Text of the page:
But obviously, that's a partial answer. More recently, the cost of repairing a tractor has soared, seemingly along with everything else. This is caused both by a shortage of vehicles and rapidly rising costs in the market for used trucks. Additionally, repair costs are affected by those technologies that have been introduced into tractors in recent years, which further exacerbate the increasing cost of servicing these units. These two factors, in combination, help to explain why a trucking company finds itself paying higher premiums to cover the increasing cost of physical damage losses.

But even that's not a complete picture. There are also coverages that are becoming difficult to find in the conventional market at any price. Truckers are experiencing limits on occurrence as well as an inability to find coverage for rental reimbursement if a tractor is down for an extended period. In addition, towing coverage can be limited or nonexistent. Coverages will also be worded to pay the lesser of stated value or actual cash value, which can be a significant difference when the actual cost of a new tractor is much more expensive than stated value.

Captive Solutions to Market Problems

That's a brief summary of several factors that can make physical damage problematic for trucking companies to insure in the commercial market. Provided the owners have an appetite for risk, self-insuring physical damage through a captive can be an effective risk management strategy.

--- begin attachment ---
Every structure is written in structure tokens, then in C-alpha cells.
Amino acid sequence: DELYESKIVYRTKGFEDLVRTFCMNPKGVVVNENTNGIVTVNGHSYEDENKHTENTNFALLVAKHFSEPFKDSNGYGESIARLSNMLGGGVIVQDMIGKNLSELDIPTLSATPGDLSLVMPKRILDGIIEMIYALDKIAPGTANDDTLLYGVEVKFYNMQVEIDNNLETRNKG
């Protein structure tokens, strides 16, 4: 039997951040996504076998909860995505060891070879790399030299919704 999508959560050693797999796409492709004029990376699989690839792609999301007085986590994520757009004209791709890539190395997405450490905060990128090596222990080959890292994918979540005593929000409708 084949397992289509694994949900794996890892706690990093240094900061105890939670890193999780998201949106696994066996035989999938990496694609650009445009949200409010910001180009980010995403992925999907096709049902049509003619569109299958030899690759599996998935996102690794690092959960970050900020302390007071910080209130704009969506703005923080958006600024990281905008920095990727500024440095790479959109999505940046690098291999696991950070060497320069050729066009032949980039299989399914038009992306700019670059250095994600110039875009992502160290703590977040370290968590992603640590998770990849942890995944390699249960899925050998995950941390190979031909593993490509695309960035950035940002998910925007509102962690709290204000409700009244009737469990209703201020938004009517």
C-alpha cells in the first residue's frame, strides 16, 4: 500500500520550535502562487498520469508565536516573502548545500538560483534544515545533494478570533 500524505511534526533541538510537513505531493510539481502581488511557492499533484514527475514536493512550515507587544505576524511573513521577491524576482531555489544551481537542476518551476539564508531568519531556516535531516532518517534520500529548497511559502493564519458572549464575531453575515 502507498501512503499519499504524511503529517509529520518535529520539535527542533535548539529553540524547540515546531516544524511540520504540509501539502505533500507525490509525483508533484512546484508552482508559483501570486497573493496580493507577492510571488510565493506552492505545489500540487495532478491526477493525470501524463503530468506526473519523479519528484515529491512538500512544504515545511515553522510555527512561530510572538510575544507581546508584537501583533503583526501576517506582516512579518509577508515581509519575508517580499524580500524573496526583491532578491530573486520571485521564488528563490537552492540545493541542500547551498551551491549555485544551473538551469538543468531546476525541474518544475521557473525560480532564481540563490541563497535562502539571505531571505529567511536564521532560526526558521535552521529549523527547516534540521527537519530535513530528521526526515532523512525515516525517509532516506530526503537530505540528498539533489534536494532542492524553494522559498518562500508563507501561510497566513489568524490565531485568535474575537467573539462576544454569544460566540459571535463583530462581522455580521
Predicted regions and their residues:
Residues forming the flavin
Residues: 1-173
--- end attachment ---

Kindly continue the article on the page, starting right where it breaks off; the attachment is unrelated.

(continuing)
Because the owners are insuring their own risks, a captive can offer bespoke coverages that are either too expensive or unavailable in the conventional insurance market. Examples include rental reimbursement or physical damage coverage for a tractor rented by one of the insureds. Another may be catastrophic coverage, which can occur when a tornado or tropical storm damages tractors sitting on an open lot.

Self-insuring has other benefits. Captives renew on an annual basis and consider only the captive's results and exposures, rather than those of the industry at large. This results in a smoother underwriting cycle and better ability to predict the cost of funding expected losses.

With premiums based on one's own data and insuring only one's own risks, captives can also reduce the total cost of risk by providing opportunities to earn underwriting profit based on performance. Loss performance has a direct effect on risk management; the better the performance, the more underwriting profit builds up. Not to mention the fact that captive owners receive evidence of the benefits of their risk management practices in action as profit builds. What had been a sunk cost in the conventional market now becomes a profit center, with owners participating in the profit.

Good loss performance should be rewarded. For truckers willing to combine such performance with a healthy appetite for risk, self-insuring physical damage through a captive insurance company can be a game changer. One that makes it possible for truckers to profit personally from performance.

You can't stop rates and repair costs from rising. But with a captive, you can build a risk management plan that helps to build profit from the rise.

This article is used with the permission of Risk

David Dougherty | July 11, 2022